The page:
The biodiversity of the Swiss water bodies is unique: 67 native fish and four cyclostomes (fish-like vertebrates) are listed in the Info Fauna reporting system – that is one sixth of the European fish species. This does not even take into account the 35 whitefish species in the lakes bordering the Alps; some of these species have only been discovered in recent years or confirmed as a species in their own right.
New Red List of fish and cyclostomes
But this richness is under threat. The Federal Office for the Environment (FOEN) reports 34 species as endangered in its current Red List of Fish and Cyclostomes. This includes three quarters of the fish that depend on loose gravel for reproduction – and all long-distance migratory species without exception. Other fish species are classified as “potentially endangered” according to the criteria of the International Union for Conservation of Nature (IUCN). A third of the whitefish species documented in 1950 are already extinct. The whitefish was classified at species level for the first time according to the guidelines of the International Union for Conservation of Nature (IUCN).
Overall, the situation in Switzerland has worsened yet again since the last survey in 2007 – and even faster than in neighbouring countries. Nine species are now under so much pressure that they have been given a higher endangerment status than in 2007.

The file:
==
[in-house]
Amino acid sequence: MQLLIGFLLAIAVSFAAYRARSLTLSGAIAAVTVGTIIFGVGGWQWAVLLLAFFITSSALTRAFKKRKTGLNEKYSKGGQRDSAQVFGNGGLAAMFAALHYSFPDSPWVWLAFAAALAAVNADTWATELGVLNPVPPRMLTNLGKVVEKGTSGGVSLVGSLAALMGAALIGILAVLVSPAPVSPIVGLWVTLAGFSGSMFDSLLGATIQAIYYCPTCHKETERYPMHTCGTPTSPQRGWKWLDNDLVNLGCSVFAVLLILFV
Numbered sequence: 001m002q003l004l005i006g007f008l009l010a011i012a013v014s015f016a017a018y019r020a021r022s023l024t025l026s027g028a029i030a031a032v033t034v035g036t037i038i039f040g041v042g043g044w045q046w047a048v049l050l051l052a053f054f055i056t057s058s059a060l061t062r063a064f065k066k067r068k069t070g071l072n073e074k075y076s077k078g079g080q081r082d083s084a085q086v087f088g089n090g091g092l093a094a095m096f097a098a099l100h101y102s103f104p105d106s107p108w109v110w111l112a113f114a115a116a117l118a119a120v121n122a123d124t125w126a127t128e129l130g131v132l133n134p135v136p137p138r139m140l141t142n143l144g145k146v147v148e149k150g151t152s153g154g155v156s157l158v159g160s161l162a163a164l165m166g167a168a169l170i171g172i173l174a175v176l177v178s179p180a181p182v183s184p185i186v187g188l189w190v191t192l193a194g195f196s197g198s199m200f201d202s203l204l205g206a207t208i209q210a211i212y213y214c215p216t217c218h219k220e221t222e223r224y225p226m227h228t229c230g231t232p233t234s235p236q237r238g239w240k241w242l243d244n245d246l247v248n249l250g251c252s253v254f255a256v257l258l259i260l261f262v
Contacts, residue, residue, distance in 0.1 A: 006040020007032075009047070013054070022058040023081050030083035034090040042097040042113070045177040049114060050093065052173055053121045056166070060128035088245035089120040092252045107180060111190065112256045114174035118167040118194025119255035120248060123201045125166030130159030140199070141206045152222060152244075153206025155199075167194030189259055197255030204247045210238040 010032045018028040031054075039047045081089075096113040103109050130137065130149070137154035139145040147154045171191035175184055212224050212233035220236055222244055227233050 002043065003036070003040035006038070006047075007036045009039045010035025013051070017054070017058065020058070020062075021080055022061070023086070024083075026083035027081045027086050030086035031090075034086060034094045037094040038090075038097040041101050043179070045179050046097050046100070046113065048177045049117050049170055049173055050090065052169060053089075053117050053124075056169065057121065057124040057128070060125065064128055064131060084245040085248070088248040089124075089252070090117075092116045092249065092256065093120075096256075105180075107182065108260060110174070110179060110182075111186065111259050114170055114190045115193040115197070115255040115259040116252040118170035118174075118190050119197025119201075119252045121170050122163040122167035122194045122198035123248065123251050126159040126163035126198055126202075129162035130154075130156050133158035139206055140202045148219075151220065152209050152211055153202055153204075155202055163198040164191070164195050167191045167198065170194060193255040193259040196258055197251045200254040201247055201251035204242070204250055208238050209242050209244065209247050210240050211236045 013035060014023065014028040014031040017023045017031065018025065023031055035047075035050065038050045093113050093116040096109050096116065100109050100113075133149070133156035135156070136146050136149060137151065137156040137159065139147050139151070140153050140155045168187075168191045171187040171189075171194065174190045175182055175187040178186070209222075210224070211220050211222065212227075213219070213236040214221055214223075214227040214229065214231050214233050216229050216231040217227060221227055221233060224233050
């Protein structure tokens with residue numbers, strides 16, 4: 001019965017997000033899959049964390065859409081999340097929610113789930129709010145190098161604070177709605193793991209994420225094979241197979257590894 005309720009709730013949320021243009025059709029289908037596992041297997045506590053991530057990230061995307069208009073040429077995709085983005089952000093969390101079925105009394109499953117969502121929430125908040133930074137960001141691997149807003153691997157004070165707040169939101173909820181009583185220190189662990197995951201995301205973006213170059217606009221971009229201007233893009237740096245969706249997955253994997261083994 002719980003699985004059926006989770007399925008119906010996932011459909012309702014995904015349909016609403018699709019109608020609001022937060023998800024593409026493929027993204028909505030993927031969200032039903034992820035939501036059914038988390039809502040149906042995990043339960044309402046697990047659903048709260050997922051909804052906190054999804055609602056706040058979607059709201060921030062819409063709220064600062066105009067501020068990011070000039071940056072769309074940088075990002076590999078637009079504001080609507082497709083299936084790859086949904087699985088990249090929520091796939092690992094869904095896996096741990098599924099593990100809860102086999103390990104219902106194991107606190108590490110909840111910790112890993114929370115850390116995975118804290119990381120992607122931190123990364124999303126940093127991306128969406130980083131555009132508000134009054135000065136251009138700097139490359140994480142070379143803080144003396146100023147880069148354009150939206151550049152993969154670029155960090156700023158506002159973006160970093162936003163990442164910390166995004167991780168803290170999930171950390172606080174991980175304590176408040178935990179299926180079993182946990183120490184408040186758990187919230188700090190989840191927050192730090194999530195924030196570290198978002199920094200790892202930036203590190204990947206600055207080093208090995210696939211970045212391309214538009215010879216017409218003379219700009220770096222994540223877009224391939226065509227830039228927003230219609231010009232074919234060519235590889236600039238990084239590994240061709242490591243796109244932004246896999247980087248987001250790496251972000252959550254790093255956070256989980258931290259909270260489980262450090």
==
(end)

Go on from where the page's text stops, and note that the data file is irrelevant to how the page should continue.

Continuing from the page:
In contrast, a quarter of the species studied are not endangered – for example, the eel (Squalius cephalus) or the roach (Rutilus rutilus), which have less specific habitat requirements. Three species have been found to be increasing in numbers, including the warmth-loving catfish (Silurus glanis).
Five questions for Prof. Ole Seehausen
With the systematic inventories of the “Projet Lac” and “Progretto fiumi”, researchers at Eawag and the University of Bern, under direction of Prof. Ole Seehausen, have made a significant contribution to the knowledge of distribution and abundance, especially of species that were little known or unknown until recently.
The numbers sound negative. Are there any developments that make you optimistic?
There is a growing awareness of the complexity of biodiversity and the resulting opportunities and requirements in nature conservation. And with it the willingness to invest time and money in recording and documenting biodiversity and distribution. This is the only way to ultimately identify causes for the decline so that appropriate measures can be taken.
What are the reasons for the decline in fish species and cyclostomes?
The fish habitat is under stress: river straightening, bank stabilisation, altered bank stabilisation, hydropeaking, over-fertilisation and oxygen deficiency are all contributing to this. Other factors are obstacles to migration or movement, climate warming and the displacement of species, which can lead to the displacement of other species and a homogenisation of the species composition.
Why is species extinction serious?